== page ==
The Role of Affine Coherent States
The affine coherent states, where both q and Q have been chosen dimensionless for simplicity, are given by
where . For these variables we find that and . It follows that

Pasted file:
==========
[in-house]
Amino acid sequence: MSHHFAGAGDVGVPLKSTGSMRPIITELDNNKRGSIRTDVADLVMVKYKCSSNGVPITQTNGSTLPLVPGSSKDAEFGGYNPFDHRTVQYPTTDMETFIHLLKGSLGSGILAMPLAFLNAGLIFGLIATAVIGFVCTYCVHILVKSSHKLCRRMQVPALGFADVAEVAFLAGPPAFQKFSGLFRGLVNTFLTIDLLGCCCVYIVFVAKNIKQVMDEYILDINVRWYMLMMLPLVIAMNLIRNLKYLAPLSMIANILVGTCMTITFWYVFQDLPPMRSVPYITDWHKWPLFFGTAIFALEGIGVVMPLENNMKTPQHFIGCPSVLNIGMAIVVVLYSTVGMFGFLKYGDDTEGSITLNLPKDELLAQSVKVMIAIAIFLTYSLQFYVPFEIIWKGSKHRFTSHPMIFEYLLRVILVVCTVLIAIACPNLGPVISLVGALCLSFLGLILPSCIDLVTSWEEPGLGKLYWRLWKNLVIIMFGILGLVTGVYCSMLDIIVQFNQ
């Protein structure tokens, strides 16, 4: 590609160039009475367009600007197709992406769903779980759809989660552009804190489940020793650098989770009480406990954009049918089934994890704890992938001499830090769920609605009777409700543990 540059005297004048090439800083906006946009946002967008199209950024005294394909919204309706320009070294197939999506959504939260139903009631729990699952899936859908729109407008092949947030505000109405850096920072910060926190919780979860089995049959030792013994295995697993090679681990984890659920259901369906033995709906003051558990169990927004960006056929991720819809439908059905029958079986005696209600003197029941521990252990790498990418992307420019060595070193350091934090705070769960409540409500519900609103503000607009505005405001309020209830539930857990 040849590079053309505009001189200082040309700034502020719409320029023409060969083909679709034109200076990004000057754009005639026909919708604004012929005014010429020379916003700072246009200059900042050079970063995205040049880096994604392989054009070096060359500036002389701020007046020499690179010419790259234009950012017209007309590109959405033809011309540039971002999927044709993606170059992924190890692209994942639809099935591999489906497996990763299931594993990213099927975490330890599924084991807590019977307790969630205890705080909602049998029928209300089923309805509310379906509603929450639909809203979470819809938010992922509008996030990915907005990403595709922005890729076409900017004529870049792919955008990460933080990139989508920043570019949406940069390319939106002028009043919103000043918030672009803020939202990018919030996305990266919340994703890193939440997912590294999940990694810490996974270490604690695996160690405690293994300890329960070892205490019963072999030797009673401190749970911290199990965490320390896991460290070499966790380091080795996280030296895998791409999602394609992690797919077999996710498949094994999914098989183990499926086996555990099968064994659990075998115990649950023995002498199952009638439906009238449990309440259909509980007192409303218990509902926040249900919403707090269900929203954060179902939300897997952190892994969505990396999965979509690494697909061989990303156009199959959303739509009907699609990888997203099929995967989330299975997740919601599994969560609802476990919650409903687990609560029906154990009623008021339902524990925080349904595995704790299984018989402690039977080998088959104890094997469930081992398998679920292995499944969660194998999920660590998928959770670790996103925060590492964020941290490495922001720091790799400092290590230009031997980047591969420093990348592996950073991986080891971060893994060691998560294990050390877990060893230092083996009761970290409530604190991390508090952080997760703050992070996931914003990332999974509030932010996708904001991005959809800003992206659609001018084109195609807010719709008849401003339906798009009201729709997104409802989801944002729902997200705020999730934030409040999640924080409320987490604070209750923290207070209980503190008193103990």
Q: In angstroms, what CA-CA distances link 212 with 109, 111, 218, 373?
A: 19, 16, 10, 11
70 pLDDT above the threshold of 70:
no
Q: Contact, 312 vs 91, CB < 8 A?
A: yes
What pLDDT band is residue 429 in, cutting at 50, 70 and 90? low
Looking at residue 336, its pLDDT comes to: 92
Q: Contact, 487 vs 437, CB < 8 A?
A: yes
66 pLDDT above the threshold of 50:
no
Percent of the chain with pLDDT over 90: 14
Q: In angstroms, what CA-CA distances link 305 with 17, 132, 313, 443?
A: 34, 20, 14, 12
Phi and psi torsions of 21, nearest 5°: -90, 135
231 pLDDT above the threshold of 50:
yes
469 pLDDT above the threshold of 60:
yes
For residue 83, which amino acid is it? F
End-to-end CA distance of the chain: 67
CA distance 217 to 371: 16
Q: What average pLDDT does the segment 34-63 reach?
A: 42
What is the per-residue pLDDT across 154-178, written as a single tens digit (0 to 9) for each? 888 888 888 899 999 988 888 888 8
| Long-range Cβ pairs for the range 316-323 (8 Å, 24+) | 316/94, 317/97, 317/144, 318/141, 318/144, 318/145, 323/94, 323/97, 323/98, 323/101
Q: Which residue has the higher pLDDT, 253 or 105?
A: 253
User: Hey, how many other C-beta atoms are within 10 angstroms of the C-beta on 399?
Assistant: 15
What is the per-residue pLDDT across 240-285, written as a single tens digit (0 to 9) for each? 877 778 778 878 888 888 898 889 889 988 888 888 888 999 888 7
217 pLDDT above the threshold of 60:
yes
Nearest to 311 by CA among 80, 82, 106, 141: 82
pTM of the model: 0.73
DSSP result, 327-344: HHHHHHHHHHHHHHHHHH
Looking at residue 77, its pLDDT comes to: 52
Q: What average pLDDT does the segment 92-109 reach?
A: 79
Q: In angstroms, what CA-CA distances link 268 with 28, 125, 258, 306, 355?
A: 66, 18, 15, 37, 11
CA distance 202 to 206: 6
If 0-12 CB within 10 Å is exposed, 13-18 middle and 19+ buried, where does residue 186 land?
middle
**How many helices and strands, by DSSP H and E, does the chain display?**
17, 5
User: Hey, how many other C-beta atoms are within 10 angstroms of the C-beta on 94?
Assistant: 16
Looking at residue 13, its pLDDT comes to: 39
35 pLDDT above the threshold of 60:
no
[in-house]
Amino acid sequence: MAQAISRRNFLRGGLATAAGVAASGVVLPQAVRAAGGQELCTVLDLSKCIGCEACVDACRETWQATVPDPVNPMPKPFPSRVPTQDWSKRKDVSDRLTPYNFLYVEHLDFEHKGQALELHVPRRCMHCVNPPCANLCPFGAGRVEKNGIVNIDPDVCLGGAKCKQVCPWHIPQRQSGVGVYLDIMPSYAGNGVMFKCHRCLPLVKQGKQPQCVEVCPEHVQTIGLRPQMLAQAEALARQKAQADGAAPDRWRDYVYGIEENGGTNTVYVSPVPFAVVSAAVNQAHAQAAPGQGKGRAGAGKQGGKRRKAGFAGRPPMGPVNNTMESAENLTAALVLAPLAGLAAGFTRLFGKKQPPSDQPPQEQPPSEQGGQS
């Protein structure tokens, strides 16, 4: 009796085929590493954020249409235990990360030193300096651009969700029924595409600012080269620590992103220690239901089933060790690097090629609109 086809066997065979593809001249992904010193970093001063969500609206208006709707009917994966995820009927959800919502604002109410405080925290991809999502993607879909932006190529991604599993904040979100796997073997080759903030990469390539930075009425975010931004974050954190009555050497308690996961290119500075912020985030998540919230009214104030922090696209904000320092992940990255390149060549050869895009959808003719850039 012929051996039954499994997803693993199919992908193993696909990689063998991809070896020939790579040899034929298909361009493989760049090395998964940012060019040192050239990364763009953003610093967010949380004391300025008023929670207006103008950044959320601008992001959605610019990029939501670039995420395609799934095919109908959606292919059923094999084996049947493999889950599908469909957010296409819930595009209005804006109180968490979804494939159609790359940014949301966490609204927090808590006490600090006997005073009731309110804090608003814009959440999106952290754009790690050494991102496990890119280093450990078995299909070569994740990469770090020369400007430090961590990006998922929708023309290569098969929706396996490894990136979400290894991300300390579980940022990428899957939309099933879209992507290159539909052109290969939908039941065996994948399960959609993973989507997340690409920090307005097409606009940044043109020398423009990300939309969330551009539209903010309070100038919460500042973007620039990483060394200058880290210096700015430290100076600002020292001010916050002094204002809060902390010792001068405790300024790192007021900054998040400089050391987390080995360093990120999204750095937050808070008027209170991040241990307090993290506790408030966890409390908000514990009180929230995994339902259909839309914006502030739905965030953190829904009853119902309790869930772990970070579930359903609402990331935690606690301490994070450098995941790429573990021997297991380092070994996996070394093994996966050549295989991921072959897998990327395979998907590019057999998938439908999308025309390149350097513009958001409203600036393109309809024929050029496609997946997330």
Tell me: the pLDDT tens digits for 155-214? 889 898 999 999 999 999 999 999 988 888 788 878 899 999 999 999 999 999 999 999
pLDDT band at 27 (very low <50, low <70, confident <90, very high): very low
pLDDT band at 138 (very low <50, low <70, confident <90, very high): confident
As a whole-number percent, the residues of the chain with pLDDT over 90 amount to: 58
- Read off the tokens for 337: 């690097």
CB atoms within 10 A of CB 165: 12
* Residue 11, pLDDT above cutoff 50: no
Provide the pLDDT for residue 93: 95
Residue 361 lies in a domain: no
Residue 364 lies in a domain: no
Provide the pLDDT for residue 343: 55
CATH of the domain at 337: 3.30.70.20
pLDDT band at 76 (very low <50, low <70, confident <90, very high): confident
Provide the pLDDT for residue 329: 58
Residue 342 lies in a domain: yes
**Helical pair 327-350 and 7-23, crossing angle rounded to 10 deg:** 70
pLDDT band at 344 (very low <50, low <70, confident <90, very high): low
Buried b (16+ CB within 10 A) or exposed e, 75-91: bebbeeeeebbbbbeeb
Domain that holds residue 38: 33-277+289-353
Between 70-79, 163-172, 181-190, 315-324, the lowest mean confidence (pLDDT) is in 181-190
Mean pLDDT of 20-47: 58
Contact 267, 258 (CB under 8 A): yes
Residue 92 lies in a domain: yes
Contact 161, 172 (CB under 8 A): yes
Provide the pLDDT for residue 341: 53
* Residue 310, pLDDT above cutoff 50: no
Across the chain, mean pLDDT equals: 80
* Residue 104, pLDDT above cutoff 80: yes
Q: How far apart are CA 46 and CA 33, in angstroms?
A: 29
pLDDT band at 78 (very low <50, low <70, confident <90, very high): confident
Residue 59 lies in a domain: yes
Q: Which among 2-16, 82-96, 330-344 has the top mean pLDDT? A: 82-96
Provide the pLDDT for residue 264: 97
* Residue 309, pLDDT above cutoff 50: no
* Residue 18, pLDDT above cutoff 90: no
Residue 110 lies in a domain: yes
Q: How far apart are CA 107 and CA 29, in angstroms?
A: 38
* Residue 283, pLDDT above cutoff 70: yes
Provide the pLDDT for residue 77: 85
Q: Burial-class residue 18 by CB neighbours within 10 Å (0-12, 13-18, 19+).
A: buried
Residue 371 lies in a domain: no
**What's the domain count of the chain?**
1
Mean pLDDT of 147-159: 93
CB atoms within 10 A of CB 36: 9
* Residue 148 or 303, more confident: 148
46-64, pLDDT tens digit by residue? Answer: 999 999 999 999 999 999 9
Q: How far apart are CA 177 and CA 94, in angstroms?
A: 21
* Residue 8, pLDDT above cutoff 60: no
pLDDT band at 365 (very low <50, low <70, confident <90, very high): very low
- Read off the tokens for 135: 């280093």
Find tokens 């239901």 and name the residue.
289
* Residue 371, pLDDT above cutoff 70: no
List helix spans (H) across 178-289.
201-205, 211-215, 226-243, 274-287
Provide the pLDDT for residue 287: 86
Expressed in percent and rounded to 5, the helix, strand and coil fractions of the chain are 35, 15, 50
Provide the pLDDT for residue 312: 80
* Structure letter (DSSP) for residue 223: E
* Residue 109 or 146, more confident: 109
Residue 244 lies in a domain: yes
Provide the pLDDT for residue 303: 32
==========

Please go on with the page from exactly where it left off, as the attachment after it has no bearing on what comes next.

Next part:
This expression for the Fubini-Study metric is that of a constant negative curvature, an amount of , which is also geodetically complete . Surfaces that are constant negative curvature are only visible in our three-dimensional space at the “center point” only, namely at , where it appears that in one direction the surface goes down and 90 degrees away the surface goes up. In reality that is what happens at all points for a constant negative curvature, but we cannot see that effect. Let us give a test, with ; we use so as to make sure this is different from the b that labels the fiducial vector. In that case, we now have . This version now implies that . Indeed, we can let and at the same time, let the factor b in the fiducial vector become large ( ) in which case we can arrange that the negative curvature , in such a way that the Fubini-Study metric effectively passes to , namely, the constant zero curvature case, with a non-dynamical positive B. Basically, we have effectively changed the affine operators Q and D to canonical operators, by and so that, as , .